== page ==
Non-toxic plants

Is Figleaf Palm Toxic For Cats?

Is Figleaf Palm Toxic For Cats
Written by Clair Chesterman

Figleaf Palm is not toxic to cats. It is included in the list of plants safe for cats of the American Society for the Prevention of Cruelty to Animals(ASPCA). Commonly known as Japanese aralia, this striking shrub grows in partial to full shade and as an indoor cat-safe plant elsewhere.

Can Cats Eat Figleaf Palm?

Even though your cat won’t be poisoned by eating cat-safe plants like figleaf palm, it’s never a good idea to let a pet dine at will. A stray leaf or splintered twig could easily lodge in the kitty’s throat or intestines. Figleaf palm is harmless to nibbling cats, dogs, and people unless sprayed with deadly bug, disease, or weed-controlling chemicals.

What is Figleaf Palm?

Figleaf palm (Fatsia japonica), commonly known as glossy-leaf paper plant, fatsi, paper plant, false castor oil plant, or Japanese aralia, is a flowering plant in the Araliaceae family that is endemic to southern Japan and Korea. It is an evergreen shrub with strong, sparingly branching stems that grows to a height of 1–5 meters. The leaves are spirally arranged, huge (20–40 cm wide) and on a petiole up to 50 cm long, leathery, palmately lobed, with 7–9 broad lobes separated half or two-thirds of the way to the leaf’s base; the lobes are bordered with coarse, blunt teeth. The flowers are small and white, and they bloom in late autumn or early winter in dense terminal compound umbels, followed by small black fruit in the spring.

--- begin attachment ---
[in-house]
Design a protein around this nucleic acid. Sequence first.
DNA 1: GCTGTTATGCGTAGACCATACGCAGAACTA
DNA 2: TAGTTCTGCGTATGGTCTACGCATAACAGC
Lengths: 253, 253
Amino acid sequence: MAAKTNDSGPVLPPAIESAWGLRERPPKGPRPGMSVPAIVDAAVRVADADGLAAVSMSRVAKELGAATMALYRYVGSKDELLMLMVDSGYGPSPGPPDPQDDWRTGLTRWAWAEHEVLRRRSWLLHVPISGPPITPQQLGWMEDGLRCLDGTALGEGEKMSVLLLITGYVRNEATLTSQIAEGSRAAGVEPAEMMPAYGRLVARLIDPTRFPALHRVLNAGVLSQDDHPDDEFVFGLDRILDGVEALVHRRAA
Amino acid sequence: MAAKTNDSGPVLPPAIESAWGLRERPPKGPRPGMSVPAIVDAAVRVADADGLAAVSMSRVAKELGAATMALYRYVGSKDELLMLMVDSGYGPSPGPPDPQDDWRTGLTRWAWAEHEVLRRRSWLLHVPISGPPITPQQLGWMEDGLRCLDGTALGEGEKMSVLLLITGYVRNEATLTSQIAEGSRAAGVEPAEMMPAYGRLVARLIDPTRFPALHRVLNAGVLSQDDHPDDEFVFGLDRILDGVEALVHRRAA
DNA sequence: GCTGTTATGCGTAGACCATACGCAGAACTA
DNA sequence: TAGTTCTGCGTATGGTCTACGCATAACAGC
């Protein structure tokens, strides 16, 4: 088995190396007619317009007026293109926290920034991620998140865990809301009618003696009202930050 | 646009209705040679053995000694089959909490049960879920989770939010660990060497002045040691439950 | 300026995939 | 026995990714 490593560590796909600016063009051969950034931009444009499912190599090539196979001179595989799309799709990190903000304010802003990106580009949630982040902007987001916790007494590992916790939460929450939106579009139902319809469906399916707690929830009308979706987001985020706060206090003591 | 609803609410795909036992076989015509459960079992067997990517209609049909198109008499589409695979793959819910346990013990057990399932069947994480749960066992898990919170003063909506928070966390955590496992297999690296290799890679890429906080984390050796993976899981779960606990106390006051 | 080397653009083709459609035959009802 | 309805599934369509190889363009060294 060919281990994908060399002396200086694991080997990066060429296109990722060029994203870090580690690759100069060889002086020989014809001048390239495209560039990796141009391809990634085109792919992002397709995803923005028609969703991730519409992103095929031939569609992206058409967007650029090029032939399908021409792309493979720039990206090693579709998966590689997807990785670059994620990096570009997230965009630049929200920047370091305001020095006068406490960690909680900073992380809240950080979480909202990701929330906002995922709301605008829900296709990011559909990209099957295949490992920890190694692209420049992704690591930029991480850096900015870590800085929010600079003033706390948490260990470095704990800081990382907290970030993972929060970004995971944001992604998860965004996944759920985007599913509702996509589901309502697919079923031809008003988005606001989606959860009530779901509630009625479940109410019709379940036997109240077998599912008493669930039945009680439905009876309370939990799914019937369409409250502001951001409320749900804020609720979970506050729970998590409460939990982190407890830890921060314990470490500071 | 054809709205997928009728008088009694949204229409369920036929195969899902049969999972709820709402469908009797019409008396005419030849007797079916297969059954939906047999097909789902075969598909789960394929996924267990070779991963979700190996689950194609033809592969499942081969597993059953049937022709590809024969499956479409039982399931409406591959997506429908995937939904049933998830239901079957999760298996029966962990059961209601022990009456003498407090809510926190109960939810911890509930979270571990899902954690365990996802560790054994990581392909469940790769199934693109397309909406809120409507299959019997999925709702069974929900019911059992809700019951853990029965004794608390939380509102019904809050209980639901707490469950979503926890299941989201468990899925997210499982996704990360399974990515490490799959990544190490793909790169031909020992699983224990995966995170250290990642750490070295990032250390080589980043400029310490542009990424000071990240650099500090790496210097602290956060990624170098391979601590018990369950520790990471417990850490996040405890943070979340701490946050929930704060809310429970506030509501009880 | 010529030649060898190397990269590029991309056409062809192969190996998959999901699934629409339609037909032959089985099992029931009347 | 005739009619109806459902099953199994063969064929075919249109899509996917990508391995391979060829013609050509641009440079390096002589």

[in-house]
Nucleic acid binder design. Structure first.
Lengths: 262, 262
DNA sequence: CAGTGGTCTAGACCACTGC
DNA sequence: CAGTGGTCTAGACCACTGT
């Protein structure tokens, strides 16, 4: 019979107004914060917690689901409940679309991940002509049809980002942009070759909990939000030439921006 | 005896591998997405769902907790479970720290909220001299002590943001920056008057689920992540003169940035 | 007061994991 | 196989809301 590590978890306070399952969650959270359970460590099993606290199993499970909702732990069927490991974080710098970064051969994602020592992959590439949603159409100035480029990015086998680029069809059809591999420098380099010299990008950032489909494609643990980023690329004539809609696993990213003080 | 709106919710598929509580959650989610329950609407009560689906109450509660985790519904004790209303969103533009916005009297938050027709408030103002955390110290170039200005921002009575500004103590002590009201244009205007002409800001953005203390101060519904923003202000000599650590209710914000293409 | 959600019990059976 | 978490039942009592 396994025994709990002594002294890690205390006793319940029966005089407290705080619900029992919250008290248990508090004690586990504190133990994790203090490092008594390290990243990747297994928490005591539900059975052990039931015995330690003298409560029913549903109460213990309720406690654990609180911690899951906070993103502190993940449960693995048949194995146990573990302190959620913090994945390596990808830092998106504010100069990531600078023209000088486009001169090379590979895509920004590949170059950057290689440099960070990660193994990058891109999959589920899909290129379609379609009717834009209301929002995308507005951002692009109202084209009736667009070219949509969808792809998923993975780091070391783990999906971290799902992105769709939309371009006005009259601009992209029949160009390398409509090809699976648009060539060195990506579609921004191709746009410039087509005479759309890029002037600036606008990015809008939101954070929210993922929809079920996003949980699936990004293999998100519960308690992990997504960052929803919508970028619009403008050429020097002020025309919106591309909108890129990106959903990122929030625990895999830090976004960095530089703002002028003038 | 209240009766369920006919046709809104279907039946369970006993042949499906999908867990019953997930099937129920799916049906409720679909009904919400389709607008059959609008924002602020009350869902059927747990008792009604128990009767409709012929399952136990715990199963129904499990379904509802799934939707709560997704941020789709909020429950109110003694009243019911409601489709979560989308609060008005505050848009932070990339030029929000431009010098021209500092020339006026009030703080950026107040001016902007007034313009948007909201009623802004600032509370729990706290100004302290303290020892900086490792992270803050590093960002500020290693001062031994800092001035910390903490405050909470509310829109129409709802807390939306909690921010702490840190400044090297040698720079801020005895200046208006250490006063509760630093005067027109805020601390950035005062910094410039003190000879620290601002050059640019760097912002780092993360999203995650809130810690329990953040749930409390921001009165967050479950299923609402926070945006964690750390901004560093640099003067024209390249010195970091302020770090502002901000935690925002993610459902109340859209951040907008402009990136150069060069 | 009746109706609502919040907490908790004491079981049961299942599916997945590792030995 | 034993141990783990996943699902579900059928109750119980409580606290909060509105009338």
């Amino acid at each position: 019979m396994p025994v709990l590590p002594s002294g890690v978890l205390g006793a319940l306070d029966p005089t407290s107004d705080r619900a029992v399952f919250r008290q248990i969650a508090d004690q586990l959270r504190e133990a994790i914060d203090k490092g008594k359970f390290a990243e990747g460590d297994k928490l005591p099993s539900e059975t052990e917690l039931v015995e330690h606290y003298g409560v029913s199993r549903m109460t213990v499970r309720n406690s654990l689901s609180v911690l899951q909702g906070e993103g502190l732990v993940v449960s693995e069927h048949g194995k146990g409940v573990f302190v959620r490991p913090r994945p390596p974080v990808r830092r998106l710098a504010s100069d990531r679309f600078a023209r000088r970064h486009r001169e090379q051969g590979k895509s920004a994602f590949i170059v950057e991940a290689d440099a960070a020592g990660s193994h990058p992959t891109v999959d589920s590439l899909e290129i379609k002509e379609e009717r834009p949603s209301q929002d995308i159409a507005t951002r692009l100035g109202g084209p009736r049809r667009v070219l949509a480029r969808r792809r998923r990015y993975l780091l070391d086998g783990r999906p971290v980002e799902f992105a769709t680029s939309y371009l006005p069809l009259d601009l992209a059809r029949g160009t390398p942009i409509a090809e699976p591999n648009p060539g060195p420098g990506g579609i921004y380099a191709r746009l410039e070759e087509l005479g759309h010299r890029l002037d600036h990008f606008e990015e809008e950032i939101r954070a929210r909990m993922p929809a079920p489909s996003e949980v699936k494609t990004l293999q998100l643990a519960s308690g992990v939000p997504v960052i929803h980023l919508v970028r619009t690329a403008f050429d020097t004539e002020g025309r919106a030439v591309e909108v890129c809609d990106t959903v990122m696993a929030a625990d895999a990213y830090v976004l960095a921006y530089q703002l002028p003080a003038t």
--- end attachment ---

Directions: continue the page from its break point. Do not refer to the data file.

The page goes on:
It is usually cultivated as ornamental in warm temperate climates. Figleaf palm grows in semi-shade to full shade and is cold and hardy. It has been demonstrated to successfully remove gaseous formaldehyde from the indoor air when cultivated as an indoor plant.

Keeping Cats Away From  Figleaf Palm

If you can’t keep your plant out of reach of your cat, make it less enticing. Spray your cat’s favorite plants with water and then sprinkle them with cayenne pepper as a deterrent. Citrus flavors are repulsive to cats, so dilute some orange, lime, or lemon juice with water and spritz chewable plants with the mixture. Consider getting your cat her own plant. A beautiful pot of cat grass, such as a blend of wheat, rye, and barley, distracts her from her unwanted nibbling. You can buy cat grass commercially or try growing it yourself.

Plants to Avoid For Your Cats

If you are a cat owner and unsure if the plants growing in your yard are harmful to your cats, check out this list of toxic plants for cats. You can also check our list of non-toxic plants for cats.

About the author

Clair Chesterman

Clair Chesterman is a professional cat breeder having her own cageless CFA and CCA Registered cattery & fostering company FluffyMeowPaws in Eugene, Oregon. Clair is a plant enthusiast too and she made in-depth research on toxic and non-toxic plants for cats.